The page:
==Boot your Ubuntu OS==
 
==Boot your Ubuntu OS==
 
===Make the Power/Back button work===
 
===Make the Power/Back button work===
Note - the latest avr_evtd has some problems with Ubuntu. [[User:Wladston]] has emailed the author about the issue. For now, prefer running the older 1.6.2 version.
+
  $ sudo apt-get install avr-evtd
$ cd /
+
  $ sudo vim /etc/default/avr_evtd     (tweak the configuration to suit your needs)
  $ sudo wget http://ufpr.dl.sourceforge.net/sourceforge/ppc-evtd/avr_evtd_1.7.2.release.tar.gz (get the latest from the [https://sourceforge.net/project/showfiles.php?group_id=167880&package_id=190867 avr_evtd site])
+
 
$ tar xzf avr_evtd_1.7.2.release.tar.gz
+
$ cd /usr/src/avr_evtd
+
$ make avr_evtd
+
$ make install
+
$ update-rc.d avr_evtd start 12 2 . stop 95 0 6 .
+
  $ cp Install/avr_evtd.sample /etc/default/avr_evtd
+
$ vim /etc/default/avr_evtd
+
 
===Make Hwclock work===
 
===Make Hwclock work===
 
Hwclock only reads from /dev/rtc, but the system makes /dev/rtc0. Add this command to have udev to link rtc->rtc0 every time the system boots, so you can use the hwclock command. Just add the line to the file:
 
Hwclock only reads from /dev/rtc, but the system makes /dev/rtc0. Add this command to have udev to link rtc->rtc0 every time the system boots, so you can use the hwclock command. Just add the line to the file:
 
  $ sudo vim  /etc/udev/rules.d/50-udev.rules
 
  $ sudo vim  /etc/udev/rules.d/50-udev.rules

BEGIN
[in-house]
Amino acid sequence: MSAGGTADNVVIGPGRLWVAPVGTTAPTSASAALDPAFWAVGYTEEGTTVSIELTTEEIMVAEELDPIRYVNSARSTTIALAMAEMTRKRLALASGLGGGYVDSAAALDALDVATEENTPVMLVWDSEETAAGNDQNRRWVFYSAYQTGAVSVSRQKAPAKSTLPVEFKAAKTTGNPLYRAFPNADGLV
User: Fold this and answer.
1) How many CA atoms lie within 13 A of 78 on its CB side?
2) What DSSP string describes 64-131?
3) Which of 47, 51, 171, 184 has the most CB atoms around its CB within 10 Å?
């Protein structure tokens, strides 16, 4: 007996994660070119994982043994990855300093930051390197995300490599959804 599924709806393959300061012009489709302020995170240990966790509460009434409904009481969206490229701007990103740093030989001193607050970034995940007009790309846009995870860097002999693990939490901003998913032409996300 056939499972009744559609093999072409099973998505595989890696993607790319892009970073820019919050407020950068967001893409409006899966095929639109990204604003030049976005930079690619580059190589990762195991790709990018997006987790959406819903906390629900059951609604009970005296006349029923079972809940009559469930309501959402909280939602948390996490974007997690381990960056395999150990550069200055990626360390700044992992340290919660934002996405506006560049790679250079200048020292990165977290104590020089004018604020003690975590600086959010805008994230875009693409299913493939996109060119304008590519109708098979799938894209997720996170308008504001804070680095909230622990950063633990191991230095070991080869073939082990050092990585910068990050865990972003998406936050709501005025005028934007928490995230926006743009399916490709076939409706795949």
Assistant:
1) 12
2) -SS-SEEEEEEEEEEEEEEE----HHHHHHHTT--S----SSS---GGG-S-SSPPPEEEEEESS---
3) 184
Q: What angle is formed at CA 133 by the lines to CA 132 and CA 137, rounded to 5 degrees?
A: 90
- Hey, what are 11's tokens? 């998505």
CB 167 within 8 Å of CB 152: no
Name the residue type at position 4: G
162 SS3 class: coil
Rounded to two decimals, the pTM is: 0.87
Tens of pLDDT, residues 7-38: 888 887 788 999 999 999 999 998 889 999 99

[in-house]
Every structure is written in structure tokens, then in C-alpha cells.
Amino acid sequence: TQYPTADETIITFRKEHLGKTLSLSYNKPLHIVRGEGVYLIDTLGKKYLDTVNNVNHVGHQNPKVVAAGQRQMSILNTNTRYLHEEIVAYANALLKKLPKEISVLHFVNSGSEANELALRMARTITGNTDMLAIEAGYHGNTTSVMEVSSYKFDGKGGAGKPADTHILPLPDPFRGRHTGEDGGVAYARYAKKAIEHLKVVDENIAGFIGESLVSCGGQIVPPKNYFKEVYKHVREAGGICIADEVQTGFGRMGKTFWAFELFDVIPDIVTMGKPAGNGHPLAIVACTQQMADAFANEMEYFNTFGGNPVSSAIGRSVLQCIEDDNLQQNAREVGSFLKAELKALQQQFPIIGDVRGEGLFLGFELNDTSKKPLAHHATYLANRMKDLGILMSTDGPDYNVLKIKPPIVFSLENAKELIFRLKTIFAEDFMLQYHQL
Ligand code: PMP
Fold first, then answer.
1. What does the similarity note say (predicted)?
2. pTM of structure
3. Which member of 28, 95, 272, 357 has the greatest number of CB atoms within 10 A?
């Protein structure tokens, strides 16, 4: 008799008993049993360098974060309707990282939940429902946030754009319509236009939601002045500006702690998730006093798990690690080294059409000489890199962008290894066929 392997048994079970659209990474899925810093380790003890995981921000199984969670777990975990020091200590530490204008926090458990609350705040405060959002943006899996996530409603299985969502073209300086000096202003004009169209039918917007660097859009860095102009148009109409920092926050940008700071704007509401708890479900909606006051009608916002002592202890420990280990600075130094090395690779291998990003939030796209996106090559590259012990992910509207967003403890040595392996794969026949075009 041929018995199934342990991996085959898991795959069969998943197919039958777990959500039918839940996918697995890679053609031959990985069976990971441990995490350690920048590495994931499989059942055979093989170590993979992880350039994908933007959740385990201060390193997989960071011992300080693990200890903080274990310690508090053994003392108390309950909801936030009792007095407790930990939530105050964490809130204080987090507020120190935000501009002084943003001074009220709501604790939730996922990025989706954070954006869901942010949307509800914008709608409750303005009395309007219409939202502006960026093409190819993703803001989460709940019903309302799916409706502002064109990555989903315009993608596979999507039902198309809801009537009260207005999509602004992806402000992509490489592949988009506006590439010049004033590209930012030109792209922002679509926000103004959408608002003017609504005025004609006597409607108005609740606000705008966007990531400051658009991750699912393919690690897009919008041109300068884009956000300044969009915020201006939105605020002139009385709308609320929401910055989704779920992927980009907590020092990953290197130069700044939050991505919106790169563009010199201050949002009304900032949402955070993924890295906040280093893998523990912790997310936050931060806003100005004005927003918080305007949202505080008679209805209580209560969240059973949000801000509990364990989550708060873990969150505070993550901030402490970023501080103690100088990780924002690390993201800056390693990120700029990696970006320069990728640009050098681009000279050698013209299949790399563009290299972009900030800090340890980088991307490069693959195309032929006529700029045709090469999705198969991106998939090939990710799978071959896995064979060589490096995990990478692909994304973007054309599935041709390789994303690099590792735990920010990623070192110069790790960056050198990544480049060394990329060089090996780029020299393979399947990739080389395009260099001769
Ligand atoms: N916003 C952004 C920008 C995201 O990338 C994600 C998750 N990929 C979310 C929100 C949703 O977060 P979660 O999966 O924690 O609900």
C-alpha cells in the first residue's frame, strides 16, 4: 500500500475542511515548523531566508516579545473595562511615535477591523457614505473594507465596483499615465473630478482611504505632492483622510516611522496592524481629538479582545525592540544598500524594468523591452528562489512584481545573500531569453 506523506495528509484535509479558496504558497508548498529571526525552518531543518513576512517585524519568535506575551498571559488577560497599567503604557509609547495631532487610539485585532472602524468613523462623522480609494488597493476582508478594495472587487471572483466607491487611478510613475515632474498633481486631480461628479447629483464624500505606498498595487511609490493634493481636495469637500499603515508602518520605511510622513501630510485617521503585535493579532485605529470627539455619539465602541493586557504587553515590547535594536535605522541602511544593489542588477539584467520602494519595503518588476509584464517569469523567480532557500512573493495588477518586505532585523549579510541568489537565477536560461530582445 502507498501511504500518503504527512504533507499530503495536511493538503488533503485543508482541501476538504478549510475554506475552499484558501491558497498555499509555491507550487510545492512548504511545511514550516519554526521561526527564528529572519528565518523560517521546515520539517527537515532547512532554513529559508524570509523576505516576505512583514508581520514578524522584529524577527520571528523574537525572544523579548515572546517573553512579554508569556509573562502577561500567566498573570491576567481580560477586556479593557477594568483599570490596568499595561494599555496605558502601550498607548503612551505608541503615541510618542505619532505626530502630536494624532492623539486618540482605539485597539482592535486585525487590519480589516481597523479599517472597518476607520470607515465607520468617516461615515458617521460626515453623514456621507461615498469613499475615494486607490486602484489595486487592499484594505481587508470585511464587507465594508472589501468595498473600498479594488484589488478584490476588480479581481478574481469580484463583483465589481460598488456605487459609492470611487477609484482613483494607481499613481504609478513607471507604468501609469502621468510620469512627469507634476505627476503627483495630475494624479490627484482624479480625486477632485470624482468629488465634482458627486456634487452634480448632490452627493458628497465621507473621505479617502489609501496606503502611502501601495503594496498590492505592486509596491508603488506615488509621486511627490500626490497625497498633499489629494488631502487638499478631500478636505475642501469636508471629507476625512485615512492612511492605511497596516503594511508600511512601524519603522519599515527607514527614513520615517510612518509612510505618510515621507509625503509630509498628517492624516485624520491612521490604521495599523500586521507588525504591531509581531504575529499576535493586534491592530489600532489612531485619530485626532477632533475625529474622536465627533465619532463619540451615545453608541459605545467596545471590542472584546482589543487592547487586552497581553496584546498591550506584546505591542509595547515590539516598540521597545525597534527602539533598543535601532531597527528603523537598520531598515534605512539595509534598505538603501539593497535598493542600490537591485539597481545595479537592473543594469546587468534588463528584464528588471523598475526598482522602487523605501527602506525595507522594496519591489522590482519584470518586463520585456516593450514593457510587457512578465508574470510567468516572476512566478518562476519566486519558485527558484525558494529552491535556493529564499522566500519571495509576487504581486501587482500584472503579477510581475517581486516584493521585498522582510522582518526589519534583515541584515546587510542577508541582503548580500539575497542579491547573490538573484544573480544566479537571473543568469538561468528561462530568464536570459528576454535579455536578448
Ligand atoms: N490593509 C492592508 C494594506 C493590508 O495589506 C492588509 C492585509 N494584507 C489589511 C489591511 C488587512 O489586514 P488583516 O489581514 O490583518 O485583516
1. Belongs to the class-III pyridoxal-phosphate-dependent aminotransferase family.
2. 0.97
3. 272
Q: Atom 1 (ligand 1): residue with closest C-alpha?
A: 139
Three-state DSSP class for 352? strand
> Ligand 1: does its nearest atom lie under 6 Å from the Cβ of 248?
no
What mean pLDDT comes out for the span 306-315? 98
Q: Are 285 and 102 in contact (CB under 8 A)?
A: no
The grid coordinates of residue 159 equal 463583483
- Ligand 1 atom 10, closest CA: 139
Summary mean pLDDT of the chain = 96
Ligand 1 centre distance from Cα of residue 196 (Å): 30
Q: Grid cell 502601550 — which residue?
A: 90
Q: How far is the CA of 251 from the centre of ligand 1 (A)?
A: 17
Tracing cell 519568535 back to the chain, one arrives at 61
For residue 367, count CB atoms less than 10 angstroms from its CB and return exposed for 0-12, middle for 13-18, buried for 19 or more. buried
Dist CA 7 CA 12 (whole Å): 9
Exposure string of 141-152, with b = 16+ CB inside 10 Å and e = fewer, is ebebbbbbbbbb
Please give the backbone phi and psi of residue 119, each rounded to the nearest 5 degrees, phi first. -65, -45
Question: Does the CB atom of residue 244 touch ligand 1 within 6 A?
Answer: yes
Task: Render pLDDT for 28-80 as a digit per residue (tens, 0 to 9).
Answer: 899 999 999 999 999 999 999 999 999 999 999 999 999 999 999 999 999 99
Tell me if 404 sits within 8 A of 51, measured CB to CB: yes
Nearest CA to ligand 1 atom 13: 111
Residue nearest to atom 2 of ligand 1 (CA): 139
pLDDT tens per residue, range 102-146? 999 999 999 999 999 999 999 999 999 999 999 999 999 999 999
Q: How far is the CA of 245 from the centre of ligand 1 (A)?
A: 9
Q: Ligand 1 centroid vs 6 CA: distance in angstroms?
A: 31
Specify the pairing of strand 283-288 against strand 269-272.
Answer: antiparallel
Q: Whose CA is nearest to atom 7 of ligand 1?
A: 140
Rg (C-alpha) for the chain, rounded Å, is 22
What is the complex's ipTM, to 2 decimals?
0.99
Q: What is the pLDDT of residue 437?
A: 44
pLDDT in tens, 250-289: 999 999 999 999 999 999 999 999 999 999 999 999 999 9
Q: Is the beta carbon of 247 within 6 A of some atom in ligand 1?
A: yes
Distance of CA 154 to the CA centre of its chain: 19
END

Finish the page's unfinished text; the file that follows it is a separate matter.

KERNEL=="rtc0",        SYMLINK+="rtc"
 
         KERNEL=="rtc0",        SYMLINK+="rtc"
 +
===Fix Perl locale-related problems===
 +
If you see the following error when running perl:
 +
perl: warning: Setting locale failed.
 +
perl: warning: Please check that your locale settings:
 +
        LANGUAGE = (unset),
 +
        LC_ALL = (unset),
 +
        LANG = "en_GB.UTF-8"
 +
    are supported and installed on your system.
 +
perl: warning: Falling back to the standard locale ("C").
 +
Then run:
 +
# locale-gen en_GB.UTF-8 en_US.UTF-8
 +
(be sure to choose an appropriate locale)
 +
===Install popularity-contest===
 +
Inform the repository that you are using the packages related to the Kurobox, so they don't get forgotten, run :
 +
# sudo apt-get install popularity-contest
  
 
==How could this guide be improved==
 
==How could this guide be improved==
 
*Provide a very slim base system, already using the newer u-boot kernel, and already having debootstrap installed;
 
*Provide a very slim base system, already using the newer u-boot kernel, and already having debootstrap installed;

Latest revision as of 18:05, 27 February 2011